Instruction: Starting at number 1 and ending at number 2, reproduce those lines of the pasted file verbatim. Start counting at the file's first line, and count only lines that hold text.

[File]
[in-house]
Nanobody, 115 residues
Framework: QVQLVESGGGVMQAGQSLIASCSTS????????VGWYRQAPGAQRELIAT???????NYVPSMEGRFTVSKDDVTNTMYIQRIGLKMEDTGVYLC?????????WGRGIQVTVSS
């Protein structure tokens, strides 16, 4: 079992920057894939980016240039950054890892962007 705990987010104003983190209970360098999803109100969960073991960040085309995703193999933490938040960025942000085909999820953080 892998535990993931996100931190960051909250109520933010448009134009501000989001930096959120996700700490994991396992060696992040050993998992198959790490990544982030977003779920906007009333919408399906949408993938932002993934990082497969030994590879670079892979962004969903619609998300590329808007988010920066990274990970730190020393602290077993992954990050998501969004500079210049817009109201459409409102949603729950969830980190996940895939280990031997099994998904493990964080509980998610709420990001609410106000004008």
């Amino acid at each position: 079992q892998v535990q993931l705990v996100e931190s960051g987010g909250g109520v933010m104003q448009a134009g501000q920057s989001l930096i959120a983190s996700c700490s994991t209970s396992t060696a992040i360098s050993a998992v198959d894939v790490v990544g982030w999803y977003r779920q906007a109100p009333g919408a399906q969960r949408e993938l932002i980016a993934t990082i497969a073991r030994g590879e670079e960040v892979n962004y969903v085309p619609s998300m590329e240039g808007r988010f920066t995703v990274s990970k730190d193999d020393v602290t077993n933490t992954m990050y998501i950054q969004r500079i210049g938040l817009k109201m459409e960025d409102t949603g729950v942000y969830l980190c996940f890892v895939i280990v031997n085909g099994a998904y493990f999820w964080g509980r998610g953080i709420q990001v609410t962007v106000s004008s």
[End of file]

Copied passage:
[in-house]
Nanobody, 115 residues